Day #1 – Padmasana or Lotus Pose

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My self-esteem has always, and continues to test me. The image in the mirror doesn’t always reflect as I think it should… so the first few days of the challenge, I literally took 2-3 dozen pics each day to find the perfect one to post. Either the lighting looked weird or there was a shadow falling on my face or it wasn’t centred or I knew I could go deeper into the pose.. to the more critical issues of my alignment being a bit off or the pic giving a wrong impression of what the pose should be about.

That obsession bothered me internally and by day #4, I knew that it was something I needed to address. The practice of ahimsa or non-harming as one of the yamas (moral restraints) of yoga is an integral part of one of the eight limbs of yoga. Very often, we forget that non-harming doesn’t only apply to those beings around us, but also to ourselves. And if our words and our thoughts to ourselves are those that criticise and undermine our efforts, then we are causing emotional harm to our inner being. I then promised myself that the first step in breaking this pattern would be to take no more than three pictures each day and accept that whatever those pictures captured, would be where my journey was on that day.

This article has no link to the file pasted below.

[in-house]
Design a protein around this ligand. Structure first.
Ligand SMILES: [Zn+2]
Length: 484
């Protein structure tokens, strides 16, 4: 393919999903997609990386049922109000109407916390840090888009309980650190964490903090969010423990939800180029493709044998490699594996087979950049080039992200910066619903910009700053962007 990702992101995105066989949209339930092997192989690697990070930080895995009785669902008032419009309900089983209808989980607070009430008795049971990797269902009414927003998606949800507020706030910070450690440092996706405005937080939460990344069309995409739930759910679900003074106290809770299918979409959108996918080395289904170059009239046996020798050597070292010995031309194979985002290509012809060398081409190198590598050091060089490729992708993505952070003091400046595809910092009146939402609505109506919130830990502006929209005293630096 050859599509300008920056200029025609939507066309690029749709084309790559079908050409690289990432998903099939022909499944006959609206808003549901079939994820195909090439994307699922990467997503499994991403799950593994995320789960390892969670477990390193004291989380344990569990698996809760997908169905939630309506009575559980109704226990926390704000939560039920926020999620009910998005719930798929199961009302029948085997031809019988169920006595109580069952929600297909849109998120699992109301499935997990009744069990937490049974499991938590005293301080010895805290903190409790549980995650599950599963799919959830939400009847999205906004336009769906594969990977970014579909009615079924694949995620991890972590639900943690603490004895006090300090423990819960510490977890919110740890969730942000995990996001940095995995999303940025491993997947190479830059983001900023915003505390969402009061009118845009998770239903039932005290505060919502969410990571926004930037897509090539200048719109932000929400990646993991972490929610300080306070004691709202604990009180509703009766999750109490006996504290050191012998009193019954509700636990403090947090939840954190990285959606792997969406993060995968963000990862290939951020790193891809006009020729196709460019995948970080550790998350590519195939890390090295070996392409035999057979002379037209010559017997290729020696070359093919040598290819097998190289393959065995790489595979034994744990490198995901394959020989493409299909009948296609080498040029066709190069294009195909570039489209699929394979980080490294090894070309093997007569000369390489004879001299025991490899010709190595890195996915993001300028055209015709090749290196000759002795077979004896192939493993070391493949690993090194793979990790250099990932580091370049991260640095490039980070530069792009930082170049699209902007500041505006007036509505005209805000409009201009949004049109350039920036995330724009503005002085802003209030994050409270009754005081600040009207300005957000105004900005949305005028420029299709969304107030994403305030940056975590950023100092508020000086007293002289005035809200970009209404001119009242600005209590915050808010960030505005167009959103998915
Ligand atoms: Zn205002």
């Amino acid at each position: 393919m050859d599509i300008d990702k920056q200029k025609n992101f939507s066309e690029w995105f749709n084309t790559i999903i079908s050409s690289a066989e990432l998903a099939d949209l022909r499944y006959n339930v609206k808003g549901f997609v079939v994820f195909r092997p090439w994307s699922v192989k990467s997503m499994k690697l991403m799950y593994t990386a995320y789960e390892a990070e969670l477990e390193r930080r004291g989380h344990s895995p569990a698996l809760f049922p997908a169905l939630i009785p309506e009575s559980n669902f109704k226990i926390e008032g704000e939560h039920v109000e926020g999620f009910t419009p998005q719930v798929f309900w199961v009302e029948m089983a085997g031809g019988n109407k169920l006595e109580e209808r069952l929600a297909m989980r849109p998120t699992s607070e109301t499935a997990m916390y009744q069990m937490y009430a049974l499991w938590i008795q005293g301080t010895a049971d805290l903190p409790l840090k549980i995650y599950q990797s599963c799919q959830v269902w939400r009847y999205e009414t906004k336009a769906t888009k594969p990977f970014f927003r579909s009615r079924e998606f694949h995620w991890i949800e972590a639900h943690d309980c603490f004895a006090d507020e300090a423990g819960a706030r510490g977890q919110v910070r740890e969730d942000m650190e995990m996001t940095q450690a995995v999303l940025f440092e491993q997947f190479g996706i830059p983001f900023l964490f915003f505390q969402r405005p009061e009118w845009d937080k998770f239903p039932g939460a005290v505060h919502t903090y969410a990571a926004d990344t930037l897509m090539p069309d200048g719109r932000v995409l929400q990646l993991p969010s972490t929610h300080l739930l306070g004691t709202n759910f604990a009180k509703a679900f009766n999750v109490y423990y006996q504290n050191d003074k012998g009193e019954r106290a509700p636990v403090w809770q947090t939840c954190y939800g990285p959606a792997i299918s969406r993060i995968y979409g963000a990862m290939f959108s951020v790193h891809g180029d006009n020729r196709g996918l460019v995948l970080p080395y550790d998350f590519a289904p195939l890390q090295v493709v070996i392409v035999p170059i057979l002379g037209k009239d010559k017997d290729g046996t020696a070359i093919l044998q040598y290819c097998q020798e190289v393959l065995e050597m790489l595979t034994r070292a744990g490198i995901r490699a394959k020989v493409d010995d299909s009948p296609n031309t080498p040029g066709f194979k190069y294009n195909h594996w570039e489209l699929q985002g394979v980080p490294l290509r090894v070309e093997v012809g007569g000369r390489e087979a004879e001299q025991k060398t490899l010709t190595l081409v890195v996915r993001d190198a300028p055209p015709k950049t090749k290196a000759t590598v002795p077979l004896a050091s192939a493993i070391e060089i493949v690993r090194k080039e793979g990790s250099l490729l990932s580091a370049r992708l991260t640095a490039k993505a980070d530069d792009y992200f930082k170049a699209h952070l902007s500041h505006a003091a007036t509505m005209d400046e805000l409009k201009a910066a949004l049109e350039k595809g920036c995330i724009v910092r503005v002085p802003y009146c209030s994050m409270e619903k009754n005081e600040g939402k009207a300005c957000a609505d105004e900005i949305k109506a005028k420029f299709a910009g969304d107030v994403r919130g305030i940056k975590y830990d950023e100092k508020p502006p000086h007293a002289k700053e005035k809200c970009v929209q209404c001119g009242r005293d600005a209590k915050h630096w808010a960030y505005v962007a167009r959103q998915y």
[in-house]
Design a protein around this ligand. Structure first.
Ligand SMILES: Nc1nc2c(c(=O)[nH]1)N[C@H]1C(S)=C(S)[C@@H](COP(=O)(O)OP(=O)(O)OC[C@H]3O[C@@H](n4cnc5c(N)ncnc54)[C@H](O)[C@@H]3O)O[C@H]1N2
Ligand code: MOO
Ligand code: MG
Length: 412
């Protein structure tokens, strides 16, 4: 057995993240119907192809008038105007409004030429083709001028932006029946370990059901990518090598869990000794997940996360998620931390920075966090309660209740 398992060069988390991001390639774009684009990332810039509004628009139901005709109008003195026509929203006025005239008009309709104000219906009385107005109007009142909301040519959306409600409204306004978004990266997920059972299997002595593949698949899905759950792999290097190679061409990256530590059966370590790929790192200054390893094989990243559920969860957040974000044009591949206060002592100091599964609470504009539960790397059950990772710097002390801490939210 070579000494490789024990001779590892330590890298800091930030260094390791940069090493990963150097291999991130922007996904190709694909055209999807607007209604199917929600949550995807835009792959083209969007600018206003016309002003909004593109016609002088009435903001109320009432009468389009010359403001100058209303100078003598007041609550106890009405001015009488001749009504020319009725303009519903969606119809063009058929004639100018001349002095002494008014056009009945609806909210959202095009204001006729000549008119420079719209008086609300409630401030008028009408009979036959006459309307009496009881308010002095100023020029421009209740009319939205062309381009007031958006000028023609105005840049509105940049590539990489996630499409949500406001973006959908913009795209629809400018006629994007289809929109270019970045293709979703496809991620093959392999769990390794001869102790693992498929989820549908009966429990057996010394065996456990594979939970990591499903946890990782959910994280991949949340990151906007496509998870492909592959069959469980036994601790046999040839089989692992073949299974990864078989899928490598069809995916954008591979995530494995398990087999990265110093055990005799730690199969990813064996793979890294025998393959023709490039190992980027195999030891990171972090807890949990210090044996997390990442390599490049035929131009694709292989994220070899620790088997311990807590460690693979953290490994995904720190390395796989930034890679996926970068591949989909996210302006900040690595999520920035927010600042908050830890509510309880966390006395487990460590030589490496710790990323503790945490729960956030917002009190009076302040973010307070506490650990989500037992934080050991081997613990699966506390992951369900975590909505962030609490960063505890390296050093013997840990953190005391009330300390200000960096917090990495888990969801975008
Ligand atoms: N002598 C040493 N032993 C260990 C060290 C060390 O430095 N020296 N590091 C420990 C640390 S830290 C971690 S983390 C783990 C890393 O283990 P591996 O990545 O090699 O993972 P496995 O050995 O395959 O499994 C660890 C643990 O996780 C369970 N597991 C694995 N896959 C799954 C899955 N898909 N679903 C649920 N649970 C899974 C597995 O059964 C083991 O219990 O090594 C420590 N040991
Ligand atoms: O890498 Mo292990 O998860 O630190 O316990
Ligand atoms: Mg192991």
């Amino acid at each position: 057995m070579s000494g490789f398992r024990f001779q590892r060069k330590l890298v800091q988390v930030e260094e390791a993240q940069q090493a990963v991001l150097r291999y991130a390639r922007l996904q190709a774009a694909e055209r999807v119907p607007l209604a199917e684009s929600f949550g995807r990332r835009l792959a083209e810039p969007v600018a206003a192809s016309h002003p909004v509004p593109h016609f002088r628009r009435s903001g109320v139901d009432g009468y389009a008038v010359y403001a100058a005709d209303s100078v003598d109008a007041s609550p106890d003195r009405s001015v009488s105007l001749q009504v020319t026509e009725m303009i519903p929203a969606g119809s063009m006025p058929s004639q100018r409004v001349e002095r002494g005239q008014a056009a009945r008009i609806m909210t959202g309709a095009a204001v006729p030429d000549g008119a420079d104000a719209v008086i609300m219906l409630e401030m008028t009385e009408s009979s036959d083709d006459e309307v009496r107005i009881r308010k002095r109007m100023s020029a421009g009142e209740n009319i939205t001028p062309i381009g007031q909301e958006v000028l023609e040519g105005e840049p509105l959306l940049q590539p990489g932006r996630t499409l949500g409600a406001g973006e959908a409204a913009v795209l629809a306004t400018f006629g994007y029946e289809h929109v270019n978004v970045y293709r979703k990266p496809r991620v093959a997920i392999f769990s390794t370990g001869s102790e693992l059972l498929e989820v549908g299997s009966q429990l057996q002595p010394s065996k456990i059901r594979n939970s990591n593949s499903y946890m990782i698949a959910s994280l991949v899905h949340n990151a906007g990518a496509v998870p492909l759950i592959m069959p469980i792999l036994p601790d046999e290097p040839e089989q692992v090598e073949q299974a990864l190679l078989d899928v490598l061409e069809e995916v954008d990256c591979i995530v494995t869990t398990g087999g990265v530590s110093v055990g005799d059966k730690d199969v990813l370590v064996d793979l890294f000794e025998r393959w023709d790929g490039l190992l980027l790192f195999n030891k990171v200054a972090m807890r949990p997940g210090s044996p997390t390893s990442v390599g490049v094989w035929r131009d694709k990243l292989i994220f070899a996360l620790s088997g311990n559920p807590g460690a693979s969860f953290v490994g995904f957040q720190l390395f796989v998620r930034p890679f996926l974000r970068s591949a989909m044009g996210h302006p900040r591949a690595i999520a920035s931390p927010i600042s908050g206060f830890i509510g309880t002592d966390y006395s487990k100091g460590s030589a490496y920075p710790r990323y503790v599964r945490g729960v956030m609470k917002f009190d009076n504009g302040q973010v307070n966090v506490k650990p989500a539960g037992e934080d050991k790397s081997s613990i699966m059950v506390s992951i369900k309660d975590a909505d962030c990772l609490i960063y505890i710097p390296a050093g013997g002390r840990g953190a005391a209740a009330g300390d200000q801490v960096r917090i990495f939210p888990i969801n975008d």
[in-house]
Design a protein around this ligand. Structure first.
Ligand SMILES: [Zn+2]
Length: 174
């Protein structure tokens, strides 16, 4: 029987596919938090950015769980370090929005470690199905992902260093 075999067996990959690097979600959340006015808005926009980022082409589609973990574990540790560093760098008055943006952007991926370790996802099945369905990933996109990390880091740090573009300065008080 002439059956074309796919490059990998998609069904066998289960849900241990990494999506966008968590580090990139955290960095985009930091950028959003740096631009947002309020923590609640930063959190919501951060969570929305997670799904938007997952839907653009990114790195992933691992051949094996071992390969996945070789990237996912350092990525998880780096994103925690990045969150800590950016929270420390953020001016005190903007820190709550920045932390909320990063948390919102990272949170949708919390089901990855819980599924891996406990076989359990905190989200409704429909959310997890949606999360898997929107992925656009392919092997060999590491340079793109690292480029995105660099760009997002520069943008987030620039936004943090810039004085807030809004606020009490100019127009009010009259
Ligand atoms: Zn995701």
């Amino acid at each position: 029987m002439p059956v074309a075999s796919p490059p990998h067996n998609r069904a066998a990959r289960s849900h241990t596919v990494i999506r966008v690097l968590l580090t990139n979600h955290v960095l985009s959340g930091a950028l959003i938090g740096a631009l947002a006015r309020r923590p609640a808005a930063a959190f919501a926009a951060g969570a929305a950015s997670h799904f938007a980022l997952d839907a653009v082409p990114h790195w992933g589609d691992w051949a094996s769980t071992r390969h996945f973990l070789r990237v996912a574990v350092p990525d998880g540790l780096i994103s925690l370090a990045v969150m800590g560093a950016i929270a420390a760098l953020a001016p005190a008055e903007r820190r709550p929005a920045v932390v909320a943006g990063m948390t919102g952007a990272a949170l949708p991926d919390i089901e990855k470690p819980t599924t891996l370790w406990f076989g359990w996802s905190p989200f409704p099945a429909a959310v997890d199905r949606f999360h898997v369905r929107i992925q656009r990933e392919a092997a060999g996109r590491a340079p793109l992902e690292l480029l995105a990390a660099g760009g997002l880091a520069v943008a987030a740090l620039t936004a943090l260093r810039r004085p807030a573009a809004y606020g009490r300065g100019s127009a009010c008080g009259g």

Day #11 – Viparita Virabhadrasana or Reverse Warrior

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Did I love my pics everyday? Often no… and it required huge amounts of positive self-talk in order to persevere and continue. However, by limiting myself to only three pics, I was able to let go of the expectation of something perfect and instead, truly focus on a positive practice. The pic became a bonus, if it happened. And by day #19, I realized that I was genuinely enjoying the experience.

Day #19 – Matsyasana or Fish Pose

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I would love to say that since becoming a yoga instructor, that I practice religiously every single day, but it would be a lie. This was the first time in my life that I did practice daily. Sometimes it was a hot, sweaty, super intense practice. Sometimes it was no longer than ten minutes of easy, gentle stretching. And a few times, it was awesome fun with my favorite #hunnybunny as we played with different poses.

Day #25 – Forearm Plank or Dolphin Plank

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Feel free to check the social media links for my yoga journey… Breathe In Yoga:

Facebook http://www.facebook.com/breatheinyogatt
Instagram breatheinyogatt

The Battle of Tight Hips and Locked Emotions